Rock music's rough, confident spirit of rebellion has gone. Some of us can't help feeling nostalgic for itby Salman Rushdie / May 20, 1999 / Leave a comment
Published in May 1999 issue of Prospect Magazine
I recently asked Vaclav Havel about his admiration for the American rock star Lou Reed. He replied that it was impossible to overstate the importance of rock music for the Czech resistance during the years of darkness between the Prague Spring and the collapse of communism.
I was just relishing the picture of the leaders of the Czech underground grooving to the sound of the Velvet Underground playing Waiting for the Man or All Tomorrow’s Parties when Havel spoke again. “Why,” he asked me, with a straight face, “do you think we called it the Velvet Revolution?”
I took this to be an example of Havel’s deadpan humour, but it was a joke of the sort which reveals another, less literal truth; a generational truth, perhaps, because for popular music fans of a certain age the ideas of rock and revolution are inseparable.
“You say you want a revolution,” John Lennon sneered at us. “Well, you know,/We all want to change the world.” With the passage of the years I had also come to think of this linkage as little more than youthful romanticism. So the discovery that a real revolution had been inspired by rock music’s glamorous snarl was pretty moving. It felt like a sort of validation.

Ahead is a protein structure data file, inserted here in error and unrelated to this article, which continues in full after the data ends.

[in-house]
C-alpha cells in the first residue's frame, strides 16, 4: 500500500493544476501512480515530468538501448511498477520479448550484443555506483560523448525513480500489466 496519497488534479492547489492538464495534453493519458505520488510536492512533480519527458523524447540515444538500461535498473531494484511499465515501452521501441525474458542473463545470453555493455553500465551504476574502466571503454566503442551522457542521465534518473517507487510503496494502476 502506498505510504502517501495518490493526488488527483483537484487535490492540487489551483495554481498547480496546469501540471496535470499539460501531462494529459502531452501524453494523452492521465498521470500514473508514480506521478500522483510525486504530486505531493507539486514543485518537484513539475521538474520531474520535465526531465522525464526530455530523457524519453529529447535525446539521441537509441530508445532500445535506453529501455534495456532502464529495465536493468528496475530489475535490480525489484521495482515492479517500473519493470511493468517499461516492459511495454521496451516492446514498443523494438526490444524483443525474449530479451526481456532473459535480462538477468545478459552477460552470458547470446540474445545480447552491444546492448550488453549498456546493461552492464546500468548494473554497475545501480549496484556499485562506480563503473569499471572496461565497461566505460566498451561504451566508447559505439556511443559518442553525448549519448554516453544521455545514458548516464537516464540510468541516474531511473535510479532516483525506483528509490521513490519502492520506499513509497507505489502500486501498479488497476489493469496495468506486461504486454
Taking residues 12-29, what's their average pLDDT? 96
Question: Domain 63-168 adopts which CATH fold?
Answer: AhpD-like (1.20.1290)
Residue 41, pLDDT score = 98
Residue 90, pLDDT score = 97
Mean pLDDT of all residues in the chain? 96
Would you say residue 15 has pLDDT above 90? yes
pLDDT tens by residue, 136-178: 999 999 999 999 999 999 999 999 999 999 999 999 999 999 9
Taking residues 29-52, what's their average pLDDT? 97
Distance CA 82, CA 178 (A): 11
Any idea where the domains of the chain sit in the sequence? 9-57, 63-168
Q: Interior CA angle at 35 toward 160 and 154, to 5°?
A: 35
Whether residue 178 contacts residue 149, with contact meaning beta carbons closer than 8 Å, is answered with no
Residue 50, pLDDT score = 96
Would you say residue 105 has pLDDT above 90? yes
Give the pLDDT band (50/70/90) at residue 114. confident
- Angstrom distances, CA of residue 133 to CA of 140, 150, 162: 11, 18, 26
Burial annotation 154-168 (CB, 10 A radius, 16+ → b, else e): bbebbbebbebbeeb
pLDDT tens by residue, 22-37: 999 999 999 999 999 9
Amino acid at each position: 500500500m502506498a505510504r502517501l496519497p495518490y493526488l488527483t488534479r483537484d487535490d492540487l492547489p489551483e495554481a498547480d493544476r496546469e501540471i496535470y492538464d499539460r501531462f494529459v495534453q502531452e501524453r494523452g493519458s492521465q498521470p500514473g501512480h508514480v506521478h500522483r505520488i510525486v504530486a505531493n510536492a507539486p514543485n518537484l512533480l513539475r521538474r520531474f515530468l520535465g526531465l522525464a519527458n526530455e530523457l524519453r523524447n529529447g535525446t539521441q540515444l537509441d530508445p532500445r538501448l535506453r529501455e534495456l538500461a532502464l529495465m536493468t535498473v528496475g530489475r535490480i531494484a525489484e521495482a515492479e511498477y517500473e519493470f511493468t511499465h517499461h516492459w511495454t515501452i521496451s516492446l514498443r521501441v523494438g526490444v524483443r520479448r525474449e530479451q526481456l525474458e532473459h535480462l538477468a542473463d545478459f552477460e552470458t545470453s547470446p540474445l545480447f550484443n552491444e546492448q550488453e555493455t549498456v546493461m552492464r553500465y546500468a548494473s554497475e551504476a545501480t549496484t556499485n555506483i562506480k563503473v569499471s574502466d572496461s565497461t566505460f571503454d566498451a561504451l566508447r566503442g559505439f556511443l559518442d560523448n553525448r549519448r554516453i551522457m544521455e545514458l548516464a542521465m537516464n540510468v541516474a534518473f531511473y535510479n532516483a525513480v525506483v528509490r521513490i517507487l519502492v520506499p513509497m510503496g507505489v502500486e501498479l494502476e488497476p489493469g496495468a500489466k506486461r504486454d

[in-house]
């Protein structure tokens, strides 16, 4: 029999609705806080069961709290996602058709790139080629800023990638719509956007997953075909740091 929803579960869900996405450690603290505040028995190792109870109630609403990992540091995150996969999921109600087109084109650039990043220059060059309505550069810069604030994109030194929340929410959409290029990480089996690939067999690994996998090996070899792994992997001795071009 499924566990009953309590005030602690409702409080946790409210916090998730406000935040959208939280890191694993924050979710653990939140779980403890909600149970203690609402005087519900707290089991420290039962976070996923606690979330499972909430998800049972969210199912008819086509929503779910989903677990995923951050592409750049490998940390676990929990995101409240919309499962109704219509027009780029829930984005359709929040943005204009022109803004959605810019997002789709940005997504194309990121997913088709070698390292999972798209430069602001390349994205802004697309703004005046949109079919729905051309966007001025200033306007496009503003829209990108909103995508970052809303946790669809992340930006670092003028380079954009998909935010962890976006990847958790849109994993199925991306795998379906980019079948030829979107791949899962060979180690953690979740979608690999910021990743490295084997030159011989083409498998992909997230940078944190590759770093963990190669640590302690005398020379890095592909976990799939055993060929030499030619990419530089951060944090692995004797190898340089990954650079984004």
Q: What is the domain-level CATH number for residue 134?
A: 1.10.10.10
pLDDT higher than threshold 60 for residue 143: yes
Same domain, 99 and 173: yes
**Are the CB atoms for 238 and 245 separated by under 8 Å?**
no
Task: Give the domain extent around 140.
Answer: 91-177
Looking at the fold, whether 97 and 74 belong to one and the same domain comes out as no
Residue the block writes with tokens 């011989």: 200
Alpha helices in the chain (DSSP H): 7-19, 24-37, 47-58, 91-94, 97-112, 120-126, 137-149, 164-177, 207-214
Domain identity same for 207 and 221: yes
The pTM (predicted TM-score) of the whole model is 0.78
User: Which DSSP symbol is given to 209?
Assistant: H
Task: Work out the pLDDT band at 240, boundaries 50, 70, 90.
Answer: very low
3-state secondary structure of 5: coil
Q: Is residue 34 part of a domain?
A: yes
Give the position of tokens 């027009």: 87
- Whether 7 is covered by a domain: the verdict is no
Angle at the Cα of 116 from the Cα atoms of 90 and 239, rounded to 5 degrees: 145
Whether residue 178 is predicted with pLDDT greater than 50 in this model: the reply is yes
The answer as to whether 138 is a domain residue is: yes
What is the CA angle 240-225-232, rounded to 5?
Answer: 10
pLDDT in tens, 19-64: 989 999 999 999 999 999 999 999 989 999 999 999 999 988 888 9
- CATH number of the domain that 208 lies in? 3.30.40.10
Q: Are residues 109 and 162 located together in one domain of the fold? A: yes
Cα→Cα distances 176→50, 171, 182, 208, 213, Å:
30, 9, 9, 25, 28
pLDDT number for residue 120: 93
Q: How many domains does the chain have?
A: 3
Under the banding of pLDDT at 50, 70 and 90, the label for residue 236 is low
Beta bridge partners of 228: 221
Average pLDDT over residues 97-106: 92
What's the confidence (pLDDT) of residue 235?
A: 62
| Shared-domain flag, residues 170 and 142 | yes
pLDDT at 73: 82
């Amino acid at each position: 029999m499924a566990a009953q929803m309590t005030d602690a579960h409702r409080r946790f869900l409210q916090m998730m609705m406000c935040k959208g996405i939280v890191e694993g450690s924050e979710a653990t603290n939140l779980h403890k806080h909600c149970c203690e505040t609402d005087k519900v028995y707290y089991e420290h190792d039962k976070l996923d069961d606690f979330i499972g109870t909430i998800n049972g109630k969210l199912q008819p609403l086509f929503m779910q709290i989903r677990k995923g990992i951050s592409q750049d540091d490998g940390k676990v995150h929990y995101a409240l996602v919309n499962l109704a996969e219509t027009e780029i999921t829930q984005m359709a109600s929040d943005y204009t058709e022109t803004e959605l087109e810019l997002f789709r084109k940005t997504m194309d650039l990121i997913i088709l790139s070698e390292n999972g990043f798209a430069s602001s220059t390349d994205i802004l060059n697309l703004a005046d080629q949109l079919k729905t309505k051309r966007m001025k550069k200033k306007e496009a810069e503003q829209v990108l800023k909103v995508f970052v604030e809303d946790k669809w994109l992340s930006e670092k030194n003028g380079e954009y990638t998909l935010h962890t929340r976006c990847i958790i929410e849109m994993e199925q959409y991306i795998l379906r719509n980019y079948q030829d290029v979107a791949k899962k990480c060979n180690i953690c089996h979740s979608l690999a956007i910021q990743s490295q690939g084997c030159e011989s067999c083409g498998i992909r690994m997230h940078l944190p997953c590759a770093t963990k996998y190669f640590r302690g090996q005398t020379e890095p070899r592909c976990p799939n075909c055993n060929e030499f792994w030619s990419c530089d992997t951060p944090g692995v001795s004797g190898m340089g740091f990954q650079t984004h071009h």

Because now that nobody smashes guitars or protests anymore, now that rock is middle-aged and corporate, and the turnover of the top mega-groups exceeds that of small nation states, now that it’s music for older people remembering their salad days while the kids listen to gangsta rap, trance music or hip-hop, and Bob Dylan and Aretha Franklin get invited to sing at presidential inaugurations, it’s easy to forget rock’s oppositional origins.
Yet rock ‘n’ roll’s rough, confident spirit of rebellion may be one reason why this strange, simple, overwhelming noise conquered the world nearly half a century ago, crossing all frontiers of language and culture to become only the third globalised phenomenon in history (after the two world wars). It spoke to the free spirits of young people everywhere and our mothers didn’t like it. After she became aware of my fondness for Bill Haley, Elvis and Jerry Lee Lewis, my own mother began to advocate the virtues of Pat Boone, a man who sang a ballad to a mule.